This took me way longer than I’d like to admit to figure out when I was working on set. A practical light is the name of the light being used in the scene. Desk lamps, floor lamps,a TV, flashlights, and even a candle all qualify as a practical light if they’re being used in the shot.
Many times, the bulbs in a practical light (like a desk lamp) will be swapped out with a bulb using a different wattage or color temperature. LED bulbs are becoming very popular in practicals because you can adjust the intensity and color temperature.
Motivated lighting ties in with practical lighting. It’s when another light source is used to imitate the practical light in the scene. If the practical lighting is a candle, and it’s not giving off enough light, you can enhance it with motivated lighting using another light source that gives off the same color.
If you have a light that is too bright, diffusions or diffusion gels will reduce the power from the light source. This is helpful if your backlight is brighter than your key light and you need to tone it down. It also helps if you’re using sunlight and want to soften the shadows.
A bounce is the light you get when light is reflected (bounced) off a surface. That “surface” can be just about anything that light can reflect off of, and there are tools made specifically for this. Silk, metallic reflectors, and foam boards are common reflectors, but you can bounce light off a wall or ceiling, or even a white (or colored) sheet.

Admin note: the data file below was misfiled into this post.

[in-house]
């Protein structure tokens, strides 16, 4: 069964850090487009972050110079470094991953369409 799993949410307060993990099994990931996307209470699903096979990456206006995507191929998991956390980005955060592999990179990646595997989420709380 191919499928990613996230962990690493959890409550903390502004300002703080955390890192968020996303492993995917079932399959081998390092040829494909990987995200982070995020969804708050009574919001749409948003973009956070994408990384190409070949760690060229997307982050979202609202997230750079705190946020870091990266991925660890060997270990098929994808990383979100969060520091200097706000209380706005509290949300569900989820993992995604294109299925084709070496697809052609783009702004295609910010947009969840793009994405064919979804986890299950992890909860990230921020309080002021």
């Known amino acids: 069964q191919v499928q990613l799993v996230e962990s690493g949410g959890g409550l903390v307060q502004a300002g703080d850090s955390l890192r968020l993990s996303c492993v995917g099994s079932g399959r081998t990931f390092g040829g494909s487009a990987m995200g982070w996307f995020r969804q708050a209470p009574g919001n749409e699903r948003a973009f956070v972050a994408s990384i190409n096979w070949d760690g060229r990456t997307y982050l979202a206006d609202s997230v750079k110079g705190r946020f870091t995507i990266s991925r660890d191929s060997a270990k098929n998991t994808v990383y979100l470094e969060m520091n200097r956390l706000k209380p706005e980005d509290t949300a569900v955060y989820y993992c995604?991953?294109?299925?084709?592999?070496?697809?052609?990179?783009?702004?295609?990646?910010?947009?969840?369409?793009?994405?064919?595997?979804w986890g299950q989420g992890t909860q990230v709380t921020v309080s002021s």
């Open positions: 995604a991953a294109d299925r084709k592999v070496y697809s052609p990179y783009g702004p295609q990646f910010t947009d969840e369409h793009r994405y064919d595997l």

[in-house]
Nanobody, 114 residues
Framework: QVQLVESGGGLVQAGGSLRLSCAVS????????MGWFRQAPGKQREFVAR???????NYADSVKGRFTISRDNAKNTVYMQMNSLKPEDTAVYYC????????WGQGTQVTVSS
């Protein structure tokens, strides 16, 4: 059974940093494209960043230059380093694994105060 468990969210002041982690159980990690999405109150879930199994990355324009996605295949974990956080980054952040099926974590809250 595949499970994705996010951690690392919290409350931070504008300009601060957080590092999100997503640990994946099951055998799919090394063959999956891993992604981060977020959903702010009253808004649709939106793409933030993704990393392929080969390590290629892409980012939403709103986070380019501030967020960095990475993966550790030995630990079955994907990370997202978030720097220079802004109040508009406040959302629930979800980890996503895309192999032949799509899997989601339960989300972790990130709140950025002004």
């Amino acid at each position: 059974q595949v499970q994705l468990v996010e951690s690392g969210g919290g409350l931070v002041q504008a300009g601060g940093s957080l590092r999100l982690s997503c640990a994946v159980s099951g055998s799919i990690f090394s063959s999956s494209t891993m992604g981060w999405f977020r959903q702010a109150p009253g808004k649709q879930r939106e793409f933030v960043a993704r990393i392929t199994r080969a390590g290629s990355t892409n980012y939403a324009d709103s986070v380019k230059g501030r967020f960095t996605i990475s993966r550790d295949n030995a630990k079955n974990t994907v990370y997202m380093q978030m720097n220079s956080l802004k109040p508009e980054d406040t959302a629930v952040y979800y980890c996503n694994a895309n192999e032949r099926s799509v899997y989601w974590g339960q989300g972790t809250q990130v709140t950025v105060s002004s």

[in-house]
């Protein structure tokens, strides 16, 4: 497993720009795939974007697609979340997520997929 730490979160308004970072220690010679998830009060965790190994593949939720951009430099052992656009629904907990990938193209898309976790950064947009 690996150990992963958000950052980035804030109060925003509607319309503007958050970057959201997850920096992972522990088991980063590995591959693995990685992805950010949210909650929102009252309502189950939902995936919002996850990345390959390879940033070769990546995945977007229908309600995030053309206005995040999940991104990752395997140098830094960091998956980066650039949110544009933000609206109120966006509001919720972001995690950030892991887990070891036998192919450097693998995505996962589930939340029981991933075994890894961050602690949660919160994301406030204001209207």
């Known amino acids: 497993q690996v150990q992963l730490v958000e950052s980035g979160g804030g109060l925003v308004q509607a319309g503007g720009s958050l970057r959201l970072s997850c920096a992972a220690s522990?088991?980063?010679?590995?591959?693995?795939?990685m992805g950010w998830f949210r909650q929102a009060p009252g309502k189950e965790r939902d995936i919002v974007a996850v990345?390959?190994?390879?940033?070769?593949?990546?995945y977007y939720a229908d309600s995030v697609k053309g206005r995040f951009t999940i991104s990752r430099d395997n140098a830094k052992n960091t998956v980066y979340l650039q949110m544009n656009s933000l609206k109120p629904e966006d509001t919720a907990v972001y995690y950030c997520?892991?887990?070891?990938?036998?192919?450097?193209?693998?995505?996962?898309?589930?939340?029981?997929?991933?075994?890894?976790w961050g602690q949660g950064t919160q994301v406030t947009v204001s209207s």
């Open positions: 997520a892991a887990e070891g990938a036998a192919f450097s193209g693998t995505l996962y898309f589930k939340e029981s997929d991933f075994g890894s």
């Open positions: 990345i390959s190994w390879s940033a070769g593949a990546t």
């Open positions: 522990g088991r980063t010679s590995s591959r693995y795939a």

Light bounces are used to shape lighting in film, and we’ll discuss other ways to shape light below.
Another quite obvious one. Ambient light is the light that already exists where you’re at. Any light that is at your location is “available light,” so that could be sunlight, street lights, or any other light source.
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Intensity refers to a light’s brightness and output and is generally referred to in watts, which vary depending on the bulb/fixture. That’s it – pretty easy to understand! But, difficult to control.
Soft light is based on the size of the light source vs what the actual fixture is or the fixture’s placement. A large light source, whether a large fixture or diffusion sheet, gives you soft light. Soft light will produce very soft shadows.
Similar to soft light, hard light is all about the size of the source. A small source will provide hard light. Hard light leaves you with harsh shadows, and is often unwanted in filming.
The beauty of film lighting is that one lighting placement can end up being many of the items listed about. You might have a TV in the scene, which is a practical, but it could also be the key light.